Acute lymphoblastic leukemia ALL-L2 blood smear under light microscopy
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A retrospective survival analysis conducted by researchers at Baylor College of Medicine and Texas Children’s Hospital found that children with acute lymphoblastic leukemia (ALL) who lived along the Texas border with Mexico were more likely to die within five years than those living in other areas of the state. The findings, published by Wiley online in CANCER, a peer-reviewed journal of the American Cancer Society highlight the health disparities in these regions which are typically underserved.

“The Texas-Mexico border comprises approximately one half of the entire US-Mexico border region and is characterized by unique demographics, with >80% of the population reporting Hispanic ethnicity,” the researchers wrote. “This region is both economically disadvantaged and medically underserved. With as many as three million inhabitants along the Texas-Mexico border, up to 29.3% of this population lives in poverty compared with 15.9% in the rest of the state.” The investigators noted that survival disparities in this region have been documented for adults with cervical, liver, colorectal and hematologic malignancies have been documented previously, it was unknown whether these disparities also affected children living along the border.

For the purposes of the study, the investigators used the definition of the border as defined in the La Paz Agreement of 1986, which defined it as the region that extends 100 km north and south of the Rio Grande River. Under this definition, 32 Texas counties are considered to be border counties while 222 counties are nonborder counties. The Texas cities of El Paso, Laredo, and McAllen are all located in the border area.

The analysis comprised information of children with both ALL and acute myeloid leukemia (AML) found in the Texas Cancer Registry. In all, between 1995 and 2017 6,002 children in the state were diagnosed with ALL and another 1,279 with AML. Of the children with ALL the analysis showed a lower percentage of children form the border areas who survived at least five years (77.5%) compared with the children who live in other parts of the state, 85.8% of whom lived at least five years.

When adjusting for other factors known to affect survival rates including socioeconomic status, age at diagnosis, and sex, the investigators determined that children residing along the Mexico border had a 30% higher risk of death compared with their non-border dwelling peers. For children with AML, there was an increased risk of death only for those living in rural border counties.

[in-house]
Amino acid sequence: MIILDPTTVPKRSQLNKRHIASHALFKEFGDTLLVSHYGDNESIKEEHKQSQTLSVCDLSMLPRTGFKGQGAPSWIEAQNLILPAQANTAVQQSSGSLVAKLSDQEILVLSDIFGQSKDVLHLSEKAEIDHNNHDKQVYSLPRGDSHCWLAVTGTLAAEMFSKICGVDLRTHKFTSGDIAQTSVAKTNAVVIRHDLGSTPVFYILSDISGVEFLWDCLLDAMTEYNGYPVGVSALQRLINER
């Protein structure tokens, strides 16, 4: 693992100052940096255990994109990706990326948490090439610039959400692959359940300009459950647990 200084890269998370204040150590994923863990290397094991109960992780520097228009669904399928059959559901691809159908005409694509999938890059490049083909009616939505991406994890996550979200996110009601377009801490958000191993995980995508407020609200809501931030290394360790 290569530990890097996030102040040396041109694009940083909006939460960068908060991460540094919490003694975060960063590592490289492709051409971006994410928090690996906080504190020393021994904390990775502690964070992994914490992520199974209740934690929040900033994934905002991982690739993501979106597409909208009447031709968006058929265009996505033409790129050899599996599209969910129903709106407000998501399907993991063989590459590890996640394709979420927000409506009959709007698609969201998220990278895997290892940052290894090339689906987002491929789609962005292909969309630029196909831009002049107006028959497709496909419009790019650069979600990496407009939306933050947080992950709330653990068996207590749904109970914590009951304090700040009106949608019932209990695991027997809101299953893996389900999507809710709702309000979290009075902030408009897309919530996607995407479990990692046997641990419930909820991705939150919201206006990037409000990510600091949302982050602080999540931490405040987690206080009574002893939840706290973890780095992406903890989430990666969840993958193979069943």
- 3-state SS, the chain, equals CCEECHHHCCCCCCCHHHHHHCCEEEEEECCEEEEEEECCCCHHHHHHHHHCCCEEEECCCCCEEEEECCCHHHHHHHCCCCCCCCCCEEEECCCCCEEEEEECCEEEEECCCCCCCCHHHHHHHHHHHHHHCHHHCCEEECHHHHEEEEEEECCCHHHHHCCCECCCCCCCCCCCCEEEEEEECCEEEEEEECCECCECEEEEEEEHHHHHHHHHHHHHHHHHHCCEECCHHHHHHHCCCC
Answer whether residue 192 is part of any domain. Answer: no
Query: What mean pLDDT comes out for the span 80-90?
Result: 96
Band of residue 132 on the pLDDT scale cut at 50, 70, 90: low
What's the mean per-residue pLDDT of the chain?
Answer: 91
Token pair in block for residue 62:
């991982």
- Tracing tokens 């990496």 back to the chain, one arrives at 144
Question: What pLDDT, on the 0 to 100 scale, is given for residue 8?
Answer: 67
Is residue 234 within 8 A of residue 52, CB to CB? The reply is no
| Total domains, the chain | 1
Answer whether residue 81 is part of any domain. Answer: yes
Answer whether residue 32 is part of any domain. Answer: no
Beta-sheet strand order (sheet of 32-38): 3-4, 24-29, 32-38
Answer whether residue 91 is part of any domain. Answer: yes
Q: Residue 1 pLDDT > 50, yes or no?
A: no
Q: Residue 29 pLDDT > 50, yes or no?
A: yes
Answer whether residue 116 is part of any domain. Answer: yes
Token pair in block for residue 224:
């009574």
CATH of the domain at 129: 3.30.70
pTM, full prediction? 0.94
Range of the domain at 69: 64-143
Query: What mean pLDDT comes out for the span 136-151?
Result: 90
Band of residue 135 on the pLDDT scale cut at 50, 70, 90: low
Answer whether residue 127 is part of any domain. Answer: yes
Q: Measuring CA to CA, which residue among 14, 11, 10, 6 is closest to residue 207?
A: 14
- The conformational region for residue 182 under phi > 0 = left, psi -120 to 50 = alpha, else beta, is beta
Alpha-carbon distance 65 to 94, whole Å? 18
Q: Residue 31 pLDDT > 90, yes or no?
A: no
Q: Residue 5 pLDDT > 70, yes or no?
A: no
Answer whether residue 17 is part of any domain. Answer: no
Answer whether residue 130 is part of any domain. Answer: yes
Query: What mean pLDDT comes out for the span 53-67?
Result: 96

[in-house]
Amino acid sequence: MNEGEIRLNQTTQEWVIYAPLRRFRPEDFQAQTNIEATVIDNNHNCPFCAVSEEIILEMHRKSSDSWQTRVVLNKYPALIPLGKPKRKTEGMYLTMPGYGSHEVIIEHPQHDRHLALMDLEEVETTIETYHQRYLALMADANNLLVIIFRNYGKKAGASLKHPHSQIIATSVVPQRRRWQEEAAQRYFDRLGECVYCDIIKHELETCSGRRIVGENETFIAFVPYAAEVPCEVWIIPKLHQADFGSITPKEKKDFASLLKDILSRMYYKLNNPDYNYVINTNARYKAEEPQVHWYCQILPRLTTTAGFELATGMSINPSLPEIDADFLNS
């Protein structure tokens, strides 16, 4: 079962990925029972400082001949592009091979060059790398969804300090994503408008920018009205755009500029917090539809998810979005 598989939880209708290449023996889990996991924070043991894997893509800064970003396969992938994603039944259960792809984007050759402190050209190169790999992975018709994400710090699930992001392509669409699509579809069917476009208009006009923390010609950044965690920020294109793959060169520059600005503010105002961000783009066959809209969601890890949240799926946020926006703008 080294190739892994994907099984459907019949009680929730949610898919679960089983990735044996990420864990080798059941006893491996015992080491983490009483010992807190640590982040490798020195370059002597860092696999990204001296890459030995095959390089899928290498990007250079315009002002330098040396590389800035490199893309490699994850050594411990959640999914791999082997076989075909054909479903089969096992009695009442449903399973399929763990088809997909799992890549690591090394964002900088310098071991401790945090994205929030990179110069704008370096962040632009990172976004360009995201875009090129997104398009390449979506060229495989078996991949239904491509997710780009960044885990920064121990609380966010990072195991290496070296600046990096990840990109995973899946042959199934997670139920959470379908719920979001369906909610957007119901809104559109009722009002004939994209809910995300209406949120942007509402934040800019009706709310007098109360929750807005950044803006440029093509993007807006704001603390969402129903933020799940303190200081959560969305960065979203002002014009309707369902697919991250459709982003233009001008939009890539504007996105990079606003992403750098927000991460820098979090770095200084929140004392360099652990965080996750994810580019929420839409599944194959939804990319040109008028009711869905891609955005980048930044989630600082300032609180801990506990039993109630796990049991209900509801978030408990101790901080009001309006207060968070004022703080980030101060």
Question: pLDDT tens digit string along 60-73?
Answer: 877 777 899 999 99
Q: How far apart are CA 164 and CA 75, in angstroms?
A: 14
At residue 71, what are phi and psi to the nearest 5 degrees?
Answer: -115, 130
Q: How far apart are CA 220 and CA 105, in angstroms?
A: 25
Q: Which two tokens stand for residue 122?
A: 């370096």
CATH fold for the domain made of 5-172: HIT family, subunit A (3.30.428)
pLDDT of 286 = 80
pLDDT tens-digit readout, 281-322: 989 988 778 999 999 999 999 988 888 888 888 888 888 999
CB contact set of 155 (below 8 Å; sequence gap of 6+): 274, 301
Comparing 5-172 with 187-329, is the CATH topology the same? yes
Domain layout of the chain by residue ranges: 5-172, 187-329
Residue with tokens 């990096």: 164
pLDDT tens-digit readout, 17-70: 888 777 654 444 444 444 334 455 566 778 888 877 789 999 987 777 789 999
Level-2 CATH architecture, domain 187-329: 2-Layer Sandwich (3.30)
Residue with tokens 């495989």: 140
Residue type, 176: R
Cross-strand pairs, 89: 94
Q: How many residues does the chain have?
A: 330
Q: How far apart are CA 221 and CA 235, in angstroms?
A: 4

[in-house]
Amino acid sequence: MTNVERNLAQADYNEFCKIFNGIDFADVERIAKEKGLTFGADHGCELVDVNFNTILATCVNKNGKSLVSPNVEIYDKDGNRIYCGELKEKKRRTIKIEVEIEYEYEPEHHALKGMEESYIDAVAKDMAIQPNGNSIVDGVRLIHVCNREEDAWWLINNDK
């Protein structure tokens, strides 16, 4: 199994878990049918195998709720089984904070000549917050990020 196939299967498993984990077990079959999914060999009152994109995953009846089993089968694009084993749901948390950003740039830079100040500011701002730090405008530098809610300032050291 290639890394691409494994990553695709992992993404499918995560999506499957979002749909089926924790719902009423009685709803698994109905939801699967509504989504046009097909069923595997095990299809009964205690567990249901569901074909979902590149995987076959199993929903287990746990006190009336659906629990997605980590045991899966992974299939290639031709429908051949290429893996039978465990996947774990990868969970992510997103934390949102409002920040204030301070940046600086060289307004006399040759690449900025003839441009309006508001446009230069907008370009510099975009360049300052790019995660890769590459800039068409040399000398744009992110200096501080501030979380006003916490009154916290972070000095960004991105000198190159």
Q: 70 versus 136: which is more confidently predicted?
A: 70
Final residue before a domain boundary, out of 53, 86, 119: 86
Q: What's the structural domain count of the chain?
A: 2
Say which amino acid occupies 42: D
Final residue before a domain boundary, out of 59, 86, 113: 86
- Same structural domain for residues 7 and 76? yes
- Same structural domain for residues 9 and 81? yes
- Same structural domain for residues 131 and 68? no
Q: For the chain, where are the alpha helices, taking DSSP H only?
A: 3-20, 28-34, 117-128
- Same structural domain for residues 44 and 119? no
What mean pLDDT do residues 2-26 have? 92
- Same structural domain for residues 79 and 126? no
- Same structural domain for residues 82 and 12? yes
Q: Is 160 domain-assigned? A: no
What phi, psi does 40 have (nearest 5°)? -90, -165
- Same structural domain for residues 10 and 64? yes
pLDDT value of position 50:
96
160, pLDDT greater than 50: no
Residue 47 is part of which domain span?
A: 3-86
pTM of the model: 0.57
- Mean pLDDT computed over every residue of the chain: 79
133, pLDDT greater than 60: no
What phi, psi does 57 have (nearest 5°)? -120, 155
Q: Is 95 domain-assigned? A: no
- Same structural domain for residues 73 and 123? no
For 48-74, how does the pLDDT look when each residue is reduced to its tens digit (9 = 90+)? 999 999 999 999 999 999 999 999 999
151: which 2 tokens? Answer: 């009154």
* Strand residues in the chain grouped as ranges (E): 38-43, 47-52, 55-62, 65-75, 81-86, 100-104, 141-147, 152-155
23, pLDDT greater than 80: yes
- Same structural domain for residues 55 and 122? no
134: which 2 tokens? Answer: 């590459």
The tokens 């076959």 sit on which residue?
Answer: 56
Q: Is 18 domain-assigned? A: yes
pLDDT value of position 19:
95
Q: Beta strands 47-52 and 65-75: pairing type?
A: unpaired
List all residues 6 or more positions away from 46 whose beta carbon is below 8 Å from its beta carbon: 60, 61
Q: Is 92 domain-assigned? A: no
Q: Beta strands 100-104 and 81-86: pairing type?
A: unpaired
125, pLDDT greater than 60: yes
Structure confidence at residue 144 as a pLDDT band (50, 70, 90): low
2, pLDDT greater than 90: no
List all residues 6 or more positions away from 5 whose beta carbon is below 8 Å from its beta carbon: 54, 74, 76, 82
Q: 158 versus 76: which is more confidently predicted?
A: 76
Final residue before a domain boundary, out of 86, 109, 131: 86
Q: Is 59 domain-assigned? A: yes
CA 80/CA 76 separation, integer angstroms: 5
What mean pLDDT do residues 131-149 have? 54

The researchers used Cox proportional hazards models to evaluate the factors associated with the risk of death, while overall survival estimates were calculated using Kaplan–Meier methods.

“While there have been tremendous achievements in maximizing cure rates for children with leukemia in the United States, not everyone is benefiting from these advances. We know there are differences in survival, with children from historically marginalized Hispanic and Black communities faring worse than white children,” said Castellanos. “There is an urgent need to identify the reasons why these differences in survival are occurring, including an assessment of the barriers to obtaining health care and strategies to successfully reduce barriers.”

Paula Aristizabal, MD, and colleagues from the University of California San Diego in an editorial accompanying the analysis encouraged efforts to improve cancer outcomes in rural communities and those with high-than-average rates of poverty. “We urgently call for the attention of public health leaders and healthcare providers in both the U.S. and Mexico to mitigate the health disparities suffered by immigrants, a population that plays a vital role for the economies and social fabric of these two countries,” they noted.

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